Updated Article: February 21, 2019
Springtime brings longer days and more sunshine but it can also bring more rain showers. While the sunshine might convince you to bring out your straw hat, there is a chance that you might get caught in a rain shower.
If you’ve invested in a beautiful straw or felt hat – it’s important to do your best to avoid getting it wet. However, sometimes a wet hat is unavoidable. You got caught out in an unexpected rain shower, and now your stylish hat is damp and looking a little bit worse for wear. It is important to care for your hat correctly when it gets wet so that you can reduce any further damage and avoid distorting the shape. So, what should you do?
What To Do If Your Straw Hat or Panama Hat Gets Wet
The main issue that occurs when straw hats get wet is that the straw will swell, which can cause the hat to lose its shape. The straw then loses its tightness and if the hat is not dried correctly it can acquire a new unsightly shape or crease. However, it should be noted that most straw hats, especially ones pre-treated with stiffener, will resist slight rain. And by slight rain we mean the walk from the hotel entrance to your taxi. On average, Toquilla straw — the straw used in Panama hats — resists losing its shape when you sweat so it can naturally handle some moisture.
But if you do get caught in a rain shower, particularly in a heavy one, the first thing you should do is remove the hat from the rain (obvious). Next, you should avoid returning the hat to its box or worse, placing the hat inside a bag. It can be tempting to place your hat inside a bag to protect it from further rain but this will actually cause the bag to steam up (the hat will be warm from wearing it) which will then drastically damage the weave and the shape. The best way to transport your hat out of the rain is by placing it under an umbrella or using some items such as newspaper to shield the hat from the rain. We want the hat to begin airing out as soon as possible.
You should never use a hairdryer to dry a wet hat, as this will damage the hat and could cause it to warp from drying too quickly. This is true for all types of straw hats, even an Ecuadorian woven Panama hat or other straw hats. Blow dryers cannot evenly dry the straw which leads to some strands being swollen from the moisture and some not, hence the warping. Likewise, you should not place your hat near a heater or leave it on a sunny windowsill to dry. Any method that dries the straw too fast is not good for the hat.
So what is the best way to dry your hat? If your straw hat is still visibly wet, wipe off the extra water with a clean and dry cloth. Paper towels will also work. The best thing to do next is to turn out the sweatband and let it dry slowly. A cool and dry spot with good airflow is ideal. Some customers report that leaving your hat next to an open window away from direct sunlight seems to work particularly well. But any cool spot with good air circulation to all parts of the hat will work.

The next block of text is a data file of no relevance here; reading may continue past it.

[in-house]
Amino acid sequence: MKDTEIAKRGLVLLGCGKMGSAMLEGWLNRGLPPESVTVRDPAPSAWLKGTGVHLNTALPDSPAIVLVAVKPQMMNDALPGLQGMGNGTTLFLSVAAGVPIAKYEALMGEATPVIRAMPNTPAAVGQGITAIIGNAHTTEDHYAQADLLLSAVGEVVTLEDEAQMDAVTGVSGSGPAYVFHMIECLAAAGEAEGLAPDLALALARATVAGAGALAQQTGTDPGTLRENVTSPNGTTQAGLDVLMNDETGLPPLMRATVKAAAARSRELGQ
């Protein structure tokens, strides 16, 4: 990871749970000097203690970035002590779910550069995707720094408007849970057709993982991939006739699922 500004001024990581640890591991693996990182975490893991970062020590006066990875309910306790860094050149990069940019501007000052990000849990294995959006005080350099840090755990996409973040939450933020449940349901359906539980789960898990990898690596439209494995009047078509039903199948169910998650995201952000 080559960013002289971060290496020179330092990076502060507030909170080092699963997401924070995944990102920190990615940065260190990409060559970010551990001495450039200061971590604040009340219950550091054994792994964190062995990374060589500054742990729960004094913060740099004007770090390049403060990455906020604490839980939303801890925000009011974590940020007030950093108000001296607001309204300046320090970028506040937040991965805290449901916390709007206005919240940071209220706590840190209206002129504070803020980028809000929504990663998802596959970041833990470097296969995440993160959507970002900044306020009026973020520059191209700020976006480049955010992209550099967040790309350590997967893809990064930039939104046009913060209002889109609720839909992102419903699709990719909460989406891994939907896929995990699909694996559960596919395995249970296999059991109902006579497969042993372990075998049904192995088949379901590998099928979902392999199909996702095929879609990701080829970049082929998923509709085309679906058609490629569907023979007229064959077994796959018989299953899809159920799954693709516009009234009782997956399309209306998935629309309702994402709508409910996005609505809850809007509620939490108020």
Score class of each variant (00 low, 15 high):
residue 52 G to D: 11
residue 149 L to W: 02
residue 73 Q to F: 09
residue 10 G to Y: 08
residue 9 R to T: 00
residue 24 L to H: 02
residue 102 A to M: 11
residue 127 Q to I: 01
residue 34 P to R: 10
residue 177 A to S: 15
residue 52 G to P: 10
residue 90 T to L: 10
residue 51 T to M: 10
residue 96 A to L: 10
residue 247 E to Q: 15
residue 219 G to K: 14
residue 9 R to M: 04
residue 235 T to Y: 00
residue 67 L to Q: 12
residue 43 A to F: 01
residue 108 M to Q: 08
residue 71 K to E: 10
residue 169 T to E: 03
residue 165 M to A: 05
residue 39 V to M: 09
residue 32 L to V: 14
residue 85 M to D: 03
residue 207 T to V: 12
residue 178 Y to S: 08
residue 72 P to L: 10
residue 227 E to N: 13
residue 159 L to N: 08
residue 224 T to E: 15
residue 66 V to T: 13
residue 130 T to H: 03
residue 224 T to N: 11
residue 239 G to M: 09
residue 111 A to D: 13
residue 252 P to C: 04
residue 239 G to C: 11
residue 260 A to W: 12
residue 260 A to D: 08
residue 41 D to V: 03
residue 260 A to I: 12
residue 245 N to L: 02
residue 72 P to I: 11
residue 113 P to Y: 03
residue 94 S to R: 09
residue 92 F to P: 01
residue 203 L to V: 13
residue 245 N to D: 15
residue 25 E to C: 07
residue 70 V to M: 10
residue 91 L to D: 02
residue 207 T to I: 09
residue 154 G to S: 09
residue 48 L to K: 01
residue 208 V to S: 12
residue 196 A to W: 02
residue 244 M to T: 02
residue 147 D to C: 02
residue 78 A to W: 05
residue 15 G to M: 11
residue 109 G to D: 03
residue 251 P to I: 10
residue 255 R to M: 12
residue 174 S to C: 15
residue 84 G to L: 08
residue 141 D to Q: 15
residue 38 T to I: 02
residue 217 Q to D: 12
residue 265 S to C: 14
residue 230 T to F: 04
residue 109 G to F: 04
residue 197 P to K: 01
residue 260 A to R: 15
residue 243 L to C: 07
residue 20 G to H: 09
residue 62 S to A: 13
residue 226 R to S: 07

It is important to note that moisture is used to shape your hat when it is first made, so then moisture from the rain can also shape your hat. As the hat is drying, the hat should be positioned in its most original or ideal shape with the reason being that once it dries, that will be its new shape. If it is a straw hat that is worn snapped-down in the front, you should turn the brim up all around.
What To Do If Your Felt Hat Gets Wet
First of all, always handle your felt hat by the brim, whether it is wet or dry. Do not pinch the crown to pick it up, as this will misshape the crown and can cause the felt to split.
If your felt hat gets wet, you should turn it upside down and set it on the crown. Don’t rest it on the brim; this will cause the brim to flatten. Turn the sweatband out and let the hat stand on its crown until it is dry. The same is true for both felt hats and straw hats – don’t force them to dry out too quickly. Drying naturally at room temperature without the aid of heaters or hair dryers is the best way to preserve the shape of your hat and prevent warping.
Avoid hanging your hat on a peg or a hat rack when it is wet, as the weight of the hat might stretch it out and change its shape. Remember, a wet hat will always dry in the shape that you leave it in, which means that pegs and hooks can leave an unwanted impression. Or, you can look for foldable hats or travel hats that are designed to be squished and hold their shape.
Prevention Is Always Best
It is best to try to avoid getting your hat wet whenever possible – but if you do get caught out in the rain, it doesn’t mean the hat is ruined. With a little bit of tender loving care, you can make sure that your hat dries properly, maintains it’s shaped and continues to look elegant and stylish. If you can plan for it, it’s always best to have a hatbox or protective rain cover around in case you need need to transport your hat through the rain.